Ex-City star's drink-drive shame

Former Norwich City hero Peter Mendham fears his career as a charity fundraiser is in jeopardy after he was convicted of drink-driving yesterday.

Former Norwich City hero Peter Mendham fears his career as a charity fundraiser is in jeopardy after he was convicted of drink-driving yesterday.

The 46 year old, who was part of the Canaries' 1985 Milk Cup-winning side, was banned from driving for 12 months after pleading guilty to the offence at Norwich Magistrates' Court.

Speaking after the case, Mendham, who played for the club for 10 years and now works as Norwich and North Norfolk fundraising officer for the East Anglian Air Ambulance, admitted he had been “stupid”.

“In my work I am always seeing victims of drink driving. I know how serious it is and I should have known better,” he said.

Mendham, of Whitlingham Lane, Trowse, near Norwich, was arrested on May 20 after a night out with friends and family. Police officers on patrol spotted him walking along Earlham Road, Norwich, with his partner and instantly recognised him as a “football star of yesteryear”.

They then found his car parked in the wrong direction, close to a roundabout by the Roman Catholic Cathedral.

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When he was approached, his breath smelt of alcohol and his speech was slurred. Initially he denied the car was his until officers pointed out the air ambulance branded-Seat had “Peter Mendham” written on its side.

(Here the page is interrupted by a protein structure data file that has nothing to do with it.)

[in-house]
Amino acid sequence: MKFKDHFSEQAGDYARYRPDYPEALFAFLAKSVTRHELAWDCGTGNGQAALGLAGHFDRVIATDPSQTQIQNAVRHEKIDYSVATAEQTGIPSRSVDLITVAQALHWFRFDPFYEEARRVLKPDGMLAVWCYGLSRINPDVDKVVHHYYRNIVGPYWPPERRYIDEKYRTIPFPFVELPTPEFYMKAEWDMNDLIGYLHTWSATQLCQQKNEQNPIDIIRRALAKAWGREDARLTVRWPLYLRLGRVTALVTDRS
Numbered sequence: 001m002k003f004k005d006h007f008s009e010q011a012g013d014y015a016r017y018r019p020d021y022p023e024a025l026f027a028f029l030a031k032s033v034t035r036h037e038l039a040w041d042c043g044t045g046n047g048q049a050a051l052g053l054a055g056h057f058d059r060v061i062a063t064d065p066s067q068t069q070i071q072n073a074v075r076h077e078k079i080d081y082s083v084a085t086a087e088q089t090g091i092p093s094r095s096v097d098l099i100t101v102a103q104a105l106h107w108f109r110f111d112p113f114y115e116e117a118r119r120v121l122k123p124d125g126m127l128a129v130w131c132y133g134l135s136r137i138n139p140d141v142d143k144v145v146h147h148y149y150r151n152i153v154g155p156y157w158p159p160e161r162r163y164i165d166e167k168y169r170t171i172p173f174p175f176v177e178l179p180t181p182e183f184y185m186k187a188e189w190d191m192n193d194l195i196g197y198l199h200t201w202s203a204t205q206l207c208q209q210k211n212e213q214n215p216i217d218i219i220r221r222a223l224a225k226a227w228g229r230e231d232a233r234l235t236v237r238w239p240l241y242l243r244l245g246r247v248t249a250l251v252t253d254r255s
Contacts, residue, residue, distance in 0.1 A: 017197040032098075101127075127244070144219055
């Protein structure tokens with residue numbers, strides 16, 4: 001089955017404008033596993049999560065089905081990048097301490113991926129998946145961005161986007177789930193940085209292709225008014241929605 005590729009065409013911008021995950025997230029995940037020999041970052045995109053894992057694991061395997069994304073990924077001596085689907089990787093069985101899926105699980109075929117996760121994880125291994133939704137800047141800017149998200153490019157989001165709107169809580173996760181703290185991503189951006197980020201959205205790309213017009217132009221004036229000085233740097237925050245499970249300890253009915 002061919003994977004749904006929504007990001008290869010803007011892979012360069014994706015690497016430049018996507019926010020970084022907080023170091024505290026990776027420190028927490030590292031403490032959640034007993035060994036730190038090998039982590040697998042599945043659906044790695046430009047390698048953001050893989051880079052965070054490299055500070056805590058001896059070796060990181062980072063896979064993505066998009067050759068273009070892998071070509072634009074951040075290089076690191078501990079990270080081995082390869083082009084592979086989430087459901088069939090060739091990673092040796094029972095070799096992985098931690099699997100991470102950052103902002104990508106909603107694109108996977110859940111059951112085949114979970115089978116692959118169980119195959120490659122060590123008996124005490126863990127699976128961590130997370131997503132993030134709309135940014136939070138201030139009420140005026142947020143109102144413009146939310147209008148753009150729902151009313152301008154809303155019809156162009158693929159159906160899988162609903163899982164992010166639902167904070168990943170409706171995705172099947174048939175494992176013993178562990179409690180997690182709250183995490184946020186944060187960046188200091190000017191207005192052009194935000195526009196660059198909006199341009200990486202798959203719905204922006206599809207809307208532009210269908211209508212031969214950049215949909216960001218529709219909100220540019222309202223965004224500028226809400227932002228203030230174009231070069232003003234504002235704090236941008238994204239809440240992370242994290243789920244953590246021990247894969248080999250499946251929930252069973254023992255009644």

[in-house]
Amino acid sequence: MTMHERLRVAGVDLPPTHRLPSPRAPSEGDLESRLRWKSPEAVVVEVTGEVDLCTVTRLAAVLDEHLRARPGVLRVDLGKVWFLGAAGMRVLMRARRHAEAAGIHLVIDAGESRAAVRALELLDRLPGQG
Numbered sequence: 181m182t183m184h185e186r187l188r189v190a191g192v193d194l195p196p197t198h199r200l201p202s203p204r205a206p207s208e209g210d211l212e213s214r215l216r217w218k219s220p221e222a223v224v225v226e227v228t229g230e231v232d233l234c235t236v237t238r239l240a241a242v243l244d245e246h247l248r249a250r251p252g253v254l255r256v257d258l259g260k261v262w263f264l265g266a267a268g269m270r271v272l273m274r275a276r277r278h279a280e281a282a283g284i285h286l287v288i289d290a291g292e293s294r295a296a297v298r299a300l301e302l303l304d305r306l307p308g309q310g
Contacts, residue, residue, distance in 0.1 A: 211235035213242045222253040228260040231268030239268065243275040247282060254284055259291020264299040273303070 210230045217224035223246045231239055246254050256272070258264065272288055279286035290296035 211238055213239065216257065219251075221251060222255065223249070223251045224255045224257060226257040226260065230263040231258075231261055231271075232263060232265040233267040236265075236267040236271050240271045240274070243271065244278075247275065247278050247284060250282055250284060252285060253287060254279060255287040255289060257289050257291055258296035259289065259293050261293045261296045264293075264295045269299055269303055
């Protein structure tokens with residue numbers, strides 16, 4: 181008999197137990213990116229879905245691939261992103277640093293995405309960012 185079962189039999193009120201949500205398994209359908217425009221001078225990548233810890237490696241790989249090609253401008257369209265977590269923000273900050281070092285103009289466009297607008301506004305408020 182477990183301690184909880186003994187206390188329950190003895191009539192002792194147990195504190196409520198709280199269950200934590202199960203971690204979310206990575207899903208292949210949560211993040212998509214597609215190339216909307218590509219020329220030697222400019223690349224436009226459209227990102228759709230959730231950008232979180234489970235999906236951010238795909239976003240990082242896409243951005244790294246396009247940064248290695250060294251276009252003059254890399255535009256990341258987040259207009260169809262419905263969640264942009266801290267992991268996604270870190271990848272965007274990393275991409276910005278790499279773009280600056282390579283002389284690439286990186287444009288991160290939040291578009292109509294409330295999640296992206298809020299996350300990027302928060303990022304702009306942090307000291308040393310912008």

Mendham was unable to complete a breathalyser test due to a chest infection but later admitted drink- driving, saying he had consumed one pint of beer and two to three glasses of wine over several hours.

Simon Nicholls, mitigating, said Mendham had a clean licence.

He added: “Nobody actually saw him driving the car but he admitted it to police. He deserves substantial credit for this as, without such an admission, any prosecution would have been difficult.

“Having said that, if you are driving around in a car with your name on it, it is very difficult to claim it is not yours.

“His greatest concern is the harm it could cause to his fundraising work. This has not only brought shame on him but also his family and those he works for.”

Addressing magistrates about the possibility of a fine, Mr Nicholls added: “Despite a glittering career and having held up the cup at Wembley, Mr Mendham came from an era when footballers simply didn't earn the rewards of the modern day.”

Magistrates fined him £450 and ordered him to pay £75 costs.

Chairwoman of the bench Anne Duarte said: “You knew the potential consequences of your actions and that you posed a danger to the public.”

Outside court, Mendham said he now had to wait for a meeting with air ambulance trustees to decide his future.

“This was a one-off moment of madness and I'll certainly never make the same mistake again,” he said.

“The driving ban will cause practical difficulties as I need to travel for my work but there is also the stigma. I know better than most the consequences of drink-driving and I can't believe I did this.

“I am angry at myself because I am normally so careful,” he added.

“My work involves going to a lot of social functions and I am always careful not to have alcohol. Normally I only have water.

“But I committed the offence, I was caught and now I'll serve the punishment. I'm getting what I deserve.

“I just hope I'm allowed to continue my work with the air ambulance because it means the world to me.”